The postseason financial haul isn’t quite as lucrative now as then, because teams – according to the terms of the NHL’s most recent collective bargaining agreement – do have to contribute 35 percent of home-game playoff revenue to a league-wide player pool.
Still, making well over $1 million in revenue per home playoff game has obvious economic benefits.
In addition, the Predators’ ability to make the playoffs on a regular basis simply stirs excitement – helping the franchise bring back current ticket-holders and sponsors, as well as drawing new ones.
“We’re in the middle of the best renewal year we’ve had in franchise history,” Henry says. “We’ll sell new season tickets in April like we haven’t before, and if you’re fortunate enough to play May hockey, that’s another step. So the real payoff of the playoffs financially is in the legacy and the passion it creates in your fans for the next years – for sponsors and suites and everything.”
Talk of the town
So, just what might a deep playoff run mean to the Predators – both economically and in terms of mass appeal?
The Predators almost found out last season when they reached Game 7 of the second round, their lengthiest postseason journey. But they’ve still never reached the Western Conference final or the Stanley Cup final in nine attempts.
For a franchise that will likely never get local TV contract money along the lines of long-established teams like Montreal and the New York Rangers, the revenue created by a run to the Stanley Cup finals would be a huge asset.
“I just think the marketing opportunities on top of the game revenue are incredible,” Allen says. “If your team goes (to the Cup finals), you’re probably going to have at least 12 home playoff dates.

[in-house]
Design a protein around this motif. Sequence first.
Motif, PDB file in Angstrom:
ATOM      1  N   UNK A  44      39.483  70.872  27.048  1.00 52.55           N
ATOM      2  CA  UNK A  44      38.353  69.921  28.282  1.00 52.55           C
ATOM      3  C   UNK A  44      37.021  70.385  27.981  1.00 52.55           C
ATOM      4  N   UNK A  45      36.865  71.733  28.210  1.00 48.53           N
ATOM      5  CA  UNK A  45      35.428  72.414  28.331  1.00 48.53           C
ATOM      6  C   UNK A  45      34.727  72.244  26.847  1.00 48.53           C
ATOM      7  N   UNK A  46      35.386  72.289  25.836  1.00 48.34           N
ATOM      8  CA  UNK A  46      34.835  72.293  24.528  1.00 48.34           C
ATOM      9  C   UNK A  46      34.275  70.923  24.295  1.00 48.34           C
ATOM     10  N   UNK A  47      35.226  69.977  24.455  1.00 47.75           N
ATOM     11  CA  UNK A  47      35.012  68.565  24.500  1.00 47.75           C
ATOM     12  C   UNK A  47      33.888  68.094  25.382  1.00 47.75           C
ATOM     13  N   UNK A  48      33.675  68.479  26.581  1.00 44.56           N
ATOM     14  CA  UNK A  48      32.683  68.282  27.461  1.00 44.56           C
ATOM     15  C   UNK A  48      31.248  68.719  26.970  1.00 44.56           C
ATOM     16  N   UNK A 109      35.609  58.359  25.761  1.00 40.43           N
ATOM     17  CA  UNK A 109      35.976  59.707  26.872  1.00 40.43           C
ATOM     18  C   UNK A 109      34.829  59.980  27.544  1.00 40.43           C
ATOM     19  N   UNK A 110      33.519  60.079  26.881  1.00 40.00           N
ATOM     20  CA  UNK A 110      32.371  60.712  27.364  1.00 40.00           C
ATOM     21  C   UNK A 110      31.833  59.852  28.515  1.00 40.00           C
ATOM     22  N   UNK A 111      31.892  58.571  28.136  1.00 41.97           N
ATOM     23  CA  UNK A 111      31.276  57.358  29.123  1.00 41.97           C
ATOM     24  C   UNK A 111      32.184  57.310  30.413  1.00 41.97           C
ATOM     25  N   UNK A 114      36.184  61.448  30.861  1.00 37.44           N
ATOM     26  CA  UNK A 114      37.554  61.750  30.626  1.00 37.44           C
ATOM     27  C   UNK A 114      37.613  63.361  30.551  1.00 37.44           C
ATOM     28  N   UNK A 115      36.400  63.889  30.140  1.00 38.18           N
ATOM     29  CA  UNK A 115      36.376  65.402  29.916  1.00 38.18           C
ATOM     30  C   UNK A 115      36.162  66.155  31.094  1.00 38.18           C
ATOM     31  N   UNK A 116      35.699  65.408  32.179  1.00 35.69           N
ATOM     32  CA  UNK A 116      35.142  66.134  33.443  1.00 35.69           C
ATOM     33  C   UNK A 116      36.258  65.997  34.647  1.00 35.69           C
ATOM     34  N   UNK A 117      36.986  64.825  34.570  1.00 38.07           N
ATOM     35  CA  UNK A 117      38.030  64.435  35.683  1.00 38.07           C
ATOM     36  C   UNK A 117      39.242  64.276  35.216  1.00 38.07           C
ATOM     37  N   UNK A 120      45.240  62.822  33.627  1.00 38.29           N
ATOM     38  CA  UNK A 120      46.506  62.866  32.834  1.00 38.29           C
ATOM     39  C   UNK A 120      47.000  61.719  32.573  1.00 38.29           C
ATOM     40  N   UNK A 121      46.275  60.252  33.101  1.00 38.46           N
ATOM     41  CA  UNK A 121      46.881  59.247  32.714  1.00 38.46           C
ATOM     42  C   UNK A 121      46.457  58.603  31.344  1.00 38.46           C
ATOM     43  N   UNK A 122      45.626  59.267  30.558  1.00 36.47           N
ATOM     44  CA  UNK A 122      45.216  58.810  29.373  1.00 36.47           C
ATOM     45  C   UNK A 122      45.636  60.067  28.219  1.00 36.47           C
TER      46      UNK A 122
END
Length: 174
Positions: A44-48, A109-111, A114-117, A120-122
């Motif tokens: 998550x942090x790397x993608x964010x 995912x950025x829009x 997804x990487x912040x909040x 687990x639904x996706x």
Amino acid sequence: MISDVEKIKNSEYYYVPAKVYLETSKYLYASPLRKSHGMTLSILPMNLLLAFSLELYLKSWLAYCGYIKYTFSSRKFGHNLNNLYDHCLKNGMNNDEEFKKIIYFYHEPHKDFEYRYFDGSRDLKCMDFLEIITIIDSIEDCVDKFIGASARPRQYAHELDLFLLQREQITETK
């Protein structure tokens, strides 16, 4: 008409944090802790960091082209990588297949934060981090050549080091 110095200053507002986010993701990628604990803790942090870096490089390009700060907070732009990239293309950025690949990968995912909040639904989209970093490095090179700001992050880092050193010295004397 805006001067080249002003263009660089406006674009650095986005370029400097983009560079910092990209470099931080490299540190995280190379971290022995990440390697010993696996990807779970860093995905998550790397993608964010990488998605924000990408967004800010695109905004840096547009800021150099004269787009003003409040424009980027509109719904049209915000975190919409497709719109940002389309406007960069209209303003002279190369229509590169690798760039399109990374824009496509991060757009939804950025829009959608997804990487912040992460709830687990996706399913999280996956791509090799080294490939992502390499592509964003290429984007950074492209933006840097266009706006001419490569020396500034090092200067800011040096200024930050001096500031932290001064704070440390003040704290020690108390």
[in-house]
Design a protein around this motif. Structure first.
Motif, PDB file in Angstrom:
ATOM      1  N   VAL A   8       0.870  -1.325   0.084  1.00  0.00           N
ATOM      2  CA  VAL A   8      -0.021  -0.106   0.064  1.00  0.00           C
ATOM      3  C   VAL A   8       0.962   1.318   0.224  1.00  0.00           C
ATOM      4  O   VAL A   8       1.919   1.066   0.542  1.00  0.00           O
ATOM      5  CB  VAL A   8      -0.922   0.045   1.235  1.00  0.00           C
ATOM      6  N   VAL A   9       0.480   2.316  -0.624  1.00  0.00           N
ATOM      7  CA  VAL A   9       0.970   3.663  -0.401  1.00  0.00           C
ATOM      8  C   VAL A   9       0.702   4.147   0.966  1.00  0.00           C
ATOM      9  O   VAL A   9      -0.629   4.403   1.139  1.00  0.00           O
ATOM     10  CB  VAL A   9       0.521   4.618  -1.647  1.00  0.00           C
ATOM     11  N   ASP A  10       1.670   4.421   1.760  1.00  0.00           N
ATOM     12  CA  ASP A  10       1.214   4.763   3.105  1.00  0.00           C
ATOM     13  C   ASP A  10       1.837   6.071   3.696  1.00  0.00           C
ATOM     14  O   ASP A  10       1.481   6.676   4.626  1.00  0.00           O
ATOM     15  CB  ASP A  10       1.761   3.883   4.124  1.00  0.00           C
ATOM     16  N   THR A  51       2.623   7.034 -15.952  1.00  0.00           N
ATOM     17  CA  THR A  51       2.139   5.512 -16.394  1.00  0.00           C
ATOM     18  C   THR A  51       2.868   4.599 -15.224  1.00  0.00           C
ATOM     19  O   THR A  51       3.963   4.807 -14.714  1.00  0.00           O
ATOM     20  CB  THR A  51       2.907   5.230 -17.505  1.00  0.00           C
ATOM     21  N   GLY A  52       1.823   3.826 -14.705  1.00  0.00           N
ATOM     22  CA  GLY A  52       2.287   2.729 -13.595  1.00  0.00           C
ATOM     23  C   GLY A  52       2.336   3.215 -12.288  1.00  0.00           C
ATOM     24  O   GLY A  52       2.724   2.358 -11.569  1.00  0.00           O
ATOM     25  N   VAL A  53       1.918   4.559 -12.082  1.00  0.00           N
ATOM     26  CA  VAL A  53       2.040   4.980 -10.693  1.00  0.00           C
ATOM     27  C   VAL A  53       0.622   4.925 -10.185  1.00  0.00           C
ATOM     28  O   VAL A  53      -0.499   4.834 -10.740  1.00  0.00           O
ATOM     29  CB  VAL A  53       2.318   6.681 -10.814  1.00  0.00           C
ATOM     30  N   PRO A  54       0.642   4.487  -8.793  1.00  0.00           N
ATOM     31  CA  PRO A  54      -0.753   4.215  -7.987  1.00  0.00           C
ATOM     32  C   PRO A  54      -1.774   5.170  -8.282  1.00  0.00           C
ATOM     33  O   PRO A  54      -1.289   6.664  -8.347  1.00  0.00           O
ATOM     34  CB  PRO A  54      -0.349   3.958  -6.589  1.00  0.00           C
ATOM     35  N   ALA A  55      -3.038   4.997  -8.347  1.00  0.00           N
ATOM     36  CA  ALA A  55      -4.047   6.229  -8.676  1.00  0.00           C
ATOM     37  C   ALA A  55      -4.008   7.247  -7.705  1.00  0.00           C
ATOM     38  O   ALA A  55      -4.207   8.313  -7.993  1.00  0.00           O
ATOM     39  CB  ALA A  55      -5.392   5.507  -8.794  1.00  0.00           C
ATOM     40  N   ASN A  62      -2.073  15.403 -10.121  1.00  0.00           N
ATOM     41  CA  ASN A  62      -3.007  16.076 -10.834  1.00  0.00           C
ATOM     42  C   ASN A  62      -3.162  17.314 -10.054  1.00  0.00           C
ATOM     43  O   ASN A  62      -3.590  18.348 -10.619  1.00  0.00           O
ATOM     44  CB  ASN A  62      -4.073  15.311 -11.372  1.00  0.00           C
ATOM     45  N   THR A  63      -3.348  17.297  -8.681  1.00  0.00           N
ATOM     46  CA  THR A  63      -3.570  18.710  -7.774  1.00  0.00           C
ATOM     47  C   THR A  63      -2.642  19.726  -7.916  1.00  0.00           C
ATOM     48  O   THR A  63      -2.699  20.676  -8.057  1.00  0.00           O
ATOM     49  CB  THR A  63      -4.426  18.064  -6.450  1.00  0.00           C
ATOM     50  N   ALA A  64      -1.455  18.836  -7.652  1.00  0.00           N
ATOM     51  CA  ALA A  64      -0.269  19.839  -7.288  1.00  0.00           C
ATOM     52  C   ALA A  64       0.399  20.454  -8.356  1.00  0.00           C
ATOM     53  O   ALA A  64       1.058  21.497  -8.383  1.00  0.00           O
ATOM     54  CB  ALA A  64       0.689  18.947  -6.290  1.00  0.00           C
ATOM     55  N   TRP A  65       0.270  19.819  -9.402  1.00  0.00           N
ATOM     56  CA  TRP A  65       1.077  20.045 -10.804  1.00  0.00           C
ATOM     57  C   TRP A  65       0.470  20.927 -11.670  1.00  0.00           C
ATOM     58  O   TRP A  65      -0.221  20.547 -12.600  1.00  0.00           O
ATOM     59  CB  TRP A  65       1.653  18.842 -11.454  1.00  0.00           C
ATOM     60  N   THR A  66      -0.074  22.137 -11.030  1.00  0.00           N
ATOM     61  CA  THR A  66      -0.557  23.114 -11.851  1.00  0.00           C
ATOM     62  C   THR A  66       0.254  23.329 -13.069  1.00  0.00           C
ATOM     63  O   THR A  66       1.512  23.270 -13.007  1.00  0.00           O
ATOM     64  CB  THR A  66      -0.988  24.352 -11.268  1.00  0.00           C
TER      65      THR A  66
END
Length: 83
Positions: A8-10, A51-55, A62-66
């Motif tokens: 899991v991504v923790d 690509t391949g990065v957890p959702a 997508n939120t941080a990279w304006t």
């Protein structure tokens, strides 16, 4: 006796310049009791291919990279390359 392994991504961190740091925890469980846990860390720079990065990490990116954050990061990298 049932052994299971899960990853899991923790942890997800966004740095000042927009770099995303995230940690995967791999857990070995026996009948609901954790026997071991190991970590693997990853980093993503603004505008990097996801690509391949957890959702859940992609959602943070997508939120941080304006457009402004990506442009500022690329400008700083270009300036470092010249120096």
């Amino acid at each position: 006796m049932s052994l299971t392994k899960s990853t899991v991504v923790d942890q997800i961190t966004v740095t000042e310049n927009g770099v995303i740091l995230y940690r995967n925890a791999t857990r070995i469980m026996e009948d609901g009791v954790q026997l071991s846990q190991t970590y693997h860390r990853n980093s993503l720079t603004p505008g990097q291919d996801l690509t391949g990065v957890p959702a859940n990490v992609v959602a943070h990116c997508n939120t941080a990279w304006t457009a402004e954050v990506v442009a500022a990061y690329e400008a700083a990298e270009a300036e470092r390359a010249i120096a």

“So you’re going to guarantee yourself an incredible profit when you make that run, not to mention the increased opportunities for the team moving forward.
“If your season ticket base wasn’t where you wanted it, it will be the next season because there will be an excitement about all that.”
Henry recalls the interest and the enthusiasm the Lightning’s run to the Cup finals generated in 2004, noting that a significant number of Philadelphia Flyers fans in the area chose to “flip” to the home team after the Lightning downed Philadelphia on the way to winning it all.
He’d love to see the same fever-pitch environment take hold in Nashville if the Preds can produce a lengthy postseason stay.
“It becomes the news – everyone is talking about it,” Henry says. “You have banners hanging off buildings. You have jerseys hanging on statues. You have yard signs all over the place. It’s really, really exciting.”
John Glennon can be reached at firstname.lastname@example.org. Follow him on Twitter @glennonsports.